County continues to discuss Maine PERS options

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FARMINGTON — Revoking an earlier decision, the Franklin County commissioners voted, two to one, in favor of a Maine Public Employees Retirement System (PERS) study for five members of the Franklin County Sheriff’s Department.

Detective Stephen Charles spoke with the commissioners on October 5, presenting additional information on the issue. In a prior meeting the commissioners voted against spending $750 for Maine PERS to contract a study on the cost associated with five employees buying back time towards their retirement. Following that decision, Maine PERS offered to cover the cost of performing the study. Sheriff Scott Nichols approved it, but it still required approval from the county commissioners.

Commissioner Terry Brann said he did not see the point of performing the study when he would not support the anticipated expense of buying back the time.

The five employees — Detective Charles, a patrol sergeant, the patrol lieutenant, the chief deputy, and the Criminal Investigation Division lieutenant — were unable to join the Law Enforcement retirement plan offered by Maine PERS when the county first joined Maine PERS. At the time they were under the regular county plan which includes an age requirement. The current plan for the sheriff’s department does not include an age requirement, only twenty-five service years.

Because of complications when the new plan was implemented, these five officers lost service years and will have to serve more than twenty-five years before they are eligible for retirement.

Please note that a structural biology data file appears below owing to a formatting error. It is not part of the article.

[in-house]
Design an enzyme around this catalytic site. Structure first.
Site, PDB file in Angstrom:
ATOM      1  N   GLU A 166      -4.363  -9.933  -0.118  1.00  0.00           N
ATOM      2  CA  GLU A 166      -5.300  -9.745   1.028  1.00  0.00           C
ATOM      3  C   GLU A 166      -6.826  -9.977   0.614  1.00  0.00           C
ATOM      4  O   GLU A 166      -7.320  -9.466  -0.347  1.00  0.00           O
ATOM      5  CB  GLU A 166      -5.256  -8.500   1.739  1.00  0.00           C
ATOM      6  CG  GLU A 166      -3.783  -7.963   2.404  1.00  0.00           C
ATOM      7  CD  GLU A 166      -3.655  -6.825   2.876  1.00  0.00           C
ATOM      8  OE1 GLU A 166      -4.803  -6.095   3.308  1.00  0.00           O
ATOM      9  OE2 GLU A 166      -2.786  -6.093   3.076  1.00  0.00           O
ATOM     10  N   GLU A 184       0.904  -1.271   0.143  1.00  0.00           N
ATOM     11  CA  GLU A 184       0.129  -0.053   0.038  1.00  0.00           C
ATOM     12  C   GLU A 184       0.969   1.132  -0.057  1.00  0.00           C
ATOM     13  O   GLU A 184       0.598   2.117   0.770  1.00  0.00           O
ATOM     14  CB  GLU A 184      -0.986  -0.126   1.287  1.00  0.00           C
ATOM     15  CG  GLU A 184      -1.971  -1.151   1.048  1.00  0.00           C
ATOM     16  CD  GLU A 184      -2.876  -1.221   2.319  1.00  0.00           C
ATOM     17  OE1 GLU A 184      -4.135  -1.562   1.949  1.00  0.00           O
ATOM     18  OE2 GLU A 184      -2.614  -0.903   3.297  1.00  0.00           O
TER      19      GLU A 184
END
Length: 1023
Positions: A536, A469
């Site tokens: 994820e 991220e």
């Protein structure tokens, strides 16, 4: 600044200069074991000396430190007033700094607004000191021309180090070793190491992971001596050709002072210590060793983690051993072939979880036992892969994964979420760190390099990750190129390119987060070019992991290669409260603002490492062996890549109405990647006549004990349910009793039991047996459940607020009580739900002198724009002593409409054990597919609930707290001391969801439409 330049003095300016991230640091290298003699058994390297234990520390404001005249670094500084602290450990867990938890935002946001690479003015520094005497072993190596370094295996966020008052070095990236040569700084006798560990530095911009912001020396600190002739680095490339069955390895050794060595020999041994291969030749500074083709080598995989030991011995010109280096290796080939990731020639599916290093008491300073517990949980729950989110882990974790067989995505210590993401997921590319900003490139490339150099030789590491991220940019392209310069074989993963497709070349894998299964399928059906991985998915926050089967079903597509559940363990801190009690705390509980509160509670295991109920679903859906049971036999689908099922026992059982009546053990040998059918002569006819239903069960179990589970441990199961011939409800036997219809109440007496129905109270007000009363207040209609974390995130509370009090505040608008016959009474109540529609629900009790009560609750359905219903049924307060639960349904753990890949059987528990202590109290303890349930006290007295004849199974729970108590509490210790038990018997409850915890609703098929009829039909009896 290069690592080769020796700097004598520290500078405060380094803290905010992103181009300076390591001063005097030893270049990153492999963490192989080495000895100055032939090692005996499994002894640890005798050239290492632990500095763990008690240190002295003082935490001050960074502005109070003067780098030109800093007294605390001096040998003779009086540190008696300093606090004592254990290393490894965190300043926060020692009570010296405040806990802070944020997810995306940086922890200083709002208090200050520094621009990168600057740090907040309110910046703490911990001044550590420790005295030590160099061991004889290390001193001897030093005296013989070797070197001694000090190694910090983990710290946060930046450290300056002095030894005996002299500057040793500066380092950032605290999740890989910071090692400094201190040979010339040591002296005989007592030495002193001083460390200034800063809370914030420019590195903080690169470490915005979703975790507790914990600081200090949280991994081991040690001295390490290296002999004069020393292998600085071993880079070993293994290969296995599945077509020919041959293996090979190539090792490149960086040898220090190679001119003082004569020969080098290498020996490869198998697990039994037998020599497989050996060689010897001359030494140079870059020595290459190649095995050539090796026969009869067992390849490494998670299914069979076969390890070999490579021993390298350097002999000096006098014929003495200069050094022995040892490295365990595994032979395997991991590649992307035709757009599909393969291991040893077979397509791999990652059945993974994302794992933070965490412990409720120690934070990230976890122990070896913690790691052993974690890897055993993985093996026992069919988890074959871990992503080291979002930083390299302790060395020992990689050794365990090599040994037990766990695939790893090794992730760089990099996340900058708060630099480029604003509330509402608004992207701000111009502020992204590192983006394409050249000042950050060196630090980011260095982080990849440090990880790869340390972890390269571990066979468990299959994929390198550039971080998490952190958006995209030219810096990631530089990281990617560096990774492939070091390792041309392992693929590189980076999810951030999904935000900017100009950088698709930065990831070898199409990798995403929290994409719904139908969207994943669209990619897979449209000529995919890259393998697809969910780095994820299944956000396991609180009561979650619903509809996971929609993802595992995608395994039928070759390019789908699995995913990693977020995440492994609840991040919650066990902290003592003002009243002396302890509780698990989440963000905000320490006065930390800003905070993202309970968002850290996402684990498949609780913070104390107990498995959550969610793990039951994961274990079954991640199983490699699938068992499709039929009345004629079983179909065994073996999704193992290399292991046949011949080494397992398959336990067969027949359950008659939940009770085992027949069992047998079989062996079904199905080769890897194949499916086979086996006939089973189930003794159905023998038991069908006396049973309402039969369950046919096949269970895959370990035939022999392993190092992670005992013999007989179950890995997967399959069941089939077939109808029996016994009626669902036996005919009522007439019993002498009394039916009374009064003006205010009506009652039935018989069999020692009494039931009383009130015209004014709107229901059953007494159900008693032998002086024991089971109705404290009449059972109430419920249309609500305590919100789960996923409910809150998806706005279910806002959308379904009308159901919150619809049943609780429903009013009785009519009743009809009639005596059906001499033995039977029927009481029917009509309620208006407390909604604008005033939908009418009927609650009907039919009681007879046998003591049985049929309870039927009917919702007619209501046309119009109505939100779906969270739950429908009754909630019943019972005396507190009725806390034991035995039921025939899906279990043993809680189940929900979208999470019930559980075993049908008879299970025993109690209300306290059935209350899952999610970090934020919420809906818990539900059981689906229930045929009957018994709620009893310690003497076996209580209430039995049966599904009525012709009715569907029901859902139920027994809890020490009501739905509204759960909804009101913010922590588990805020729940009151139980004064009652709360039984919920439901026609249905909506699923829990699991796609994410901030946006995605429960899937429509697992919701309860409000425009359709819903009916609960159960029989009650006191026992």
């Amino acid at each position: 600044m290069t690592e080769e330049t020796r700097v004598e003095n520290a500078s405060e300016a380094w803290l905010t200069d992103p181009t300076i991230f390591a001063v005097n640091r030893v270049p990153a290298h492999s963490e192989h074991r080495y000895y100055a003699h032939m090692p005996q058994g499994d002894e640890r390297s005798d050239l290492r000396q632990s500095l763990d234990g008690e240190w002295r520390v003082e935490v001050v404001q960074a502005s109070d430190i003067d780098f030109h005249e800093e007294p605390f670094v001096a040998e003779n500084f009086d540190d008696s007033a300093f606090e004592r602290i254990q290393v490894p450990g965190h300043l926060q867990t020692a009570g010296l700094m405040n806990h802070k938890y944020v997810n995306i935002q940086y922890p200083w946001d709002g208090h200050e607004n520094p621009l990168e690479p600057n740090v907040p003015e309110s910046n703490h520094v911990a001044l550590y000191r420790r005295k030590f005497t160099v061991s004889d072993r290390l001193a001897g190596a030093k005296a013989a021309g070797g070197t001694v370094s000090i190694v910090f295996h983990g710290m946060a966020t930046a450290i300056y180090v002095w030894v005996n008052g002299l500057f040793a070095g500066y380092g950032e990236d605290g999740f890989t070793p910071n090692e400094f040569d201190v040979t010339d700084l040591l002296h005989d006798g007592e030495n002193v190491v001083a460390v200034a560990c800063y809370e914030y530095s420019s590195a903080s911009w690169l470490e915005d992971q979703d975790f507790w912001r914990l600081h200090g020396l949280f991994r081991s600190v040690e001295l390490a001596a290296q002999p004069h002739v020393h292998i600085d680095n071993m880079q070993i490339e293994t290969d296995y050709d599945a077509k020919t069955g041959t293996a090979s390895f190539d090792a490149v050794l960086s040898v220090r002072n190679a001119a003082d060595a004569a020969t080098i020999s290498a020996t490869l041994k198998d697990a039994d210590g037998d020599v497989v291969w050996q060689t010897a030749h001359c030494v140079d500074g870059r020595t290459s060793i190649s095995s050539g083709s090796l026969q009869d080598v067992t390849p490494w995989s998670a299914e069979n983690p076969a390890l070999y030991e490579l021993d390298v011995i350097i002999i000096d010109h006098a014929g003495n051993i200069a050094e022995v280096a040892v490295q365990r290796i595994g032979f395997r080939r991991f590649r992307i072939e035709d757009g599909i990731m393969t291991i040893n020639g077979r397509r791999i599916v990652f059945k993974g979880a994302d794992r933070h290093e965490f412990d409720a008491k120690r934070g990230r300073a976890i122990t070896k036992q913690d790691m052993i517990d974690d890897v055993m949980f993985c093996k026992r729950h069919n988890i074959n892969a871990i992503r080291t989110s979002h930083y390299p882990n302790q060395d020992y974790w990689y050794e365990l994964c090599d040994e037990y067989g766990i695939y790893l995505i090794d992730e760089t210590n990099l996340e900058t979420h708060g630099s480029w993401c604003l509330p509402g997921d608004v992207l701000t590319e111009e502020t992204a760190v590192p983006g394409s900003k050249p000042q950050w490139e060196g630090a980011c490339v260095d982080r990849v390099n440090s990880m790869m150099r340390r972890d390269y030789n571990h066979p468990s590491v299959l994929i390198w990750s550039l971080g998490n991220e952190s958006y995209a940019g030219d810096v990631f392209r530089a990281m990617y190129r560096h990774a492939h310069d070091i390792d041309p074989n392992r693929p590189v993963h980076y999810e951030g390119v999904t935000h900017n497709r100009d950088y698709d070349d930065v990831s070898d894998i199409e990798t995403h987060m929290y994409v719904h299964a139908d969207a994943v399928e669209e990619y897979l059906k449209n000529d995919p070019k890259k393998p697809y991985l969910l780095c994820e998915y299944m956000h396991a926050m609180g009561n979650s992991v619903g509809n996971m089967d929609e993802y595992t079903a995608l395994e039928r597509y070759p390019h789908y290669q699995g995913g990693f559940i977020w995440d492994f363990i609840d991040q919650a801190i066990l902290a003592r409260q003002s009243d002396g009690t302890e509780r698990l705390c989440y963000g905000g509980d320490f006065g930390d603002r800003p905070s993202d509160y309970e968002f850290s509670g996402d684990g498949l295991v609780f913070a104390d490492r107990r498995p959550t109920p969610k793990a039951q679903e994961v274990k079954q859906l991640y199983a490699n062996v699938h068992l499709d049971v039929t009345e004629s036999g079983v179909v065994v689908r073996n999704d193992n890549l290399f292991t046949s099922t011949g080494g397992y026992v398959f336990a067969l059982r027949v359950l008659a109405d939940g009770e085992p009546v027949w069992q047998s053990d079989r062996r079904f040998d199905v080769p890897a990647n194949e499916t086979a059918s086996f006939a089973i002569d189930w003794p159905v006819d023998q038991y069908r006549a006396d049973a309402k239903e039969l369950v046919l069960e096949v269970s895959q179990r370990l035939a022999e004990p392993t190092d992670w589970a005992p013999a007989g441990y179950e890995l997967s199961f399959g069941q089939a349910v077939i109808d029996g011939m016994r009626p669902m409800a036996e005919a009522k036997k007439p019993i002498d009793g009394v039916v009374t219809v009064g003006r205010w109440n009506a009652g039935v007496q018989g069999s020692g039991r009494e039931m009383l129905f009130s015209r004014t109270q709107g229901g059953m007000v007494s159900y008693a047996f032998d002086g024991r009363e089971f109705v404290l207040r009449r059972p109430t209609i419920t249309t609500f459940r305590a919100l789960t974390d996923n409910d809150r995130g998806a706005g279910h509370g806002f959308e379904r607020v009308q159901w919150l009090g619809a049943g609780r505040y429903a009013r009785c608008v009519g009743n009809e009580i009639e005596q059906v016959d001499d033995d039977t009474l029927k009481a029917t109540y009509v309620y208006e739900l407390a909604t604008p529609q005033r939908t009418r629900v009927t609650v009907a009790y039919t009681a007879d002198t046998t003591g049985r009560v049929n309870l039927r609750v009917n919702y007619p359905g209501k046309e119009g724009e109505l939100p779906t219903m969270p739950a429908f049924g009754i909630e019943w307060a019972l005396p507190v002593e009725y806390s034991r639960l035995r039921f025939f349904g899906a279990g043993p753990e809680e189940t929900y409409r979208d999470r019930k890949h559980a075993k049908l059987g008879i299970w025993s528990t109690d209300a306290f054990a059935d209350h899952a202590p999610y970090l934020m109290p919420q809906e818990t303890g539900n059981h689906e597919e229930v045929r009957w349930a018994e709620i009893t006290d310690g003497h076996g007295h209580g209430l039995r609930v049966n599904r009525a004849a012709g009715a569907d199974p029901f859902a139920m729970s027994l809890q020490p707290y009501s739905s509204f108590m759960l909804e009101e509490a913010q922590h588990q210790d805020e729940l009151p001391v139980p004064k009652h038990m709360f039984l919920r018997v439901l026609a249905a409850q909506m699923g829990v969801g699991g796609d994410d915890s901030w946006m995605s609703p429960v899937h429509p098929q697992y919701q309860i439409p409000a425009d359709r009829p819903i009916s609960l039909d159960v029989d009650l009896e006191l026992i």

“It’s not an old man’s business,” Charles said.

The cost for the county is not known at this time. The study would find answers to that question. In addition, if the commissioners agreed to the buy-back, the money would not have to come out in a lump sum; it could be portioned out annually, the same as the other deputies receive.

“I personally have given twenty-one years of my life to this county,” Charles said. “I’m just asking is for that twenty-one years to count as twenty-one years.”

Since Maine PERS agreed to cover the cost of the study, Commissioners Lance Harvill and Clyde Barker voted in favor of performing it, while Commissioner Brann opposed.

Revisiting the optional provision for Maine PERS open enrollment, the commissioners voted against adopting the additional provision. Brann felt that it would cost too much money. Harvill said that, while he was unsure how he felt about the sheriff’s office request for Maine PERS, the employees in question already had the opportunity to sign up for Maine PERS retirement. The commissioners voted unanimously against the open enrollment period.

Unlike the employees at the sheriff’s office, these employees were presented with the opportunity to join when they were hired, and the commissioners voted unanimously to not adopt the new provisions.

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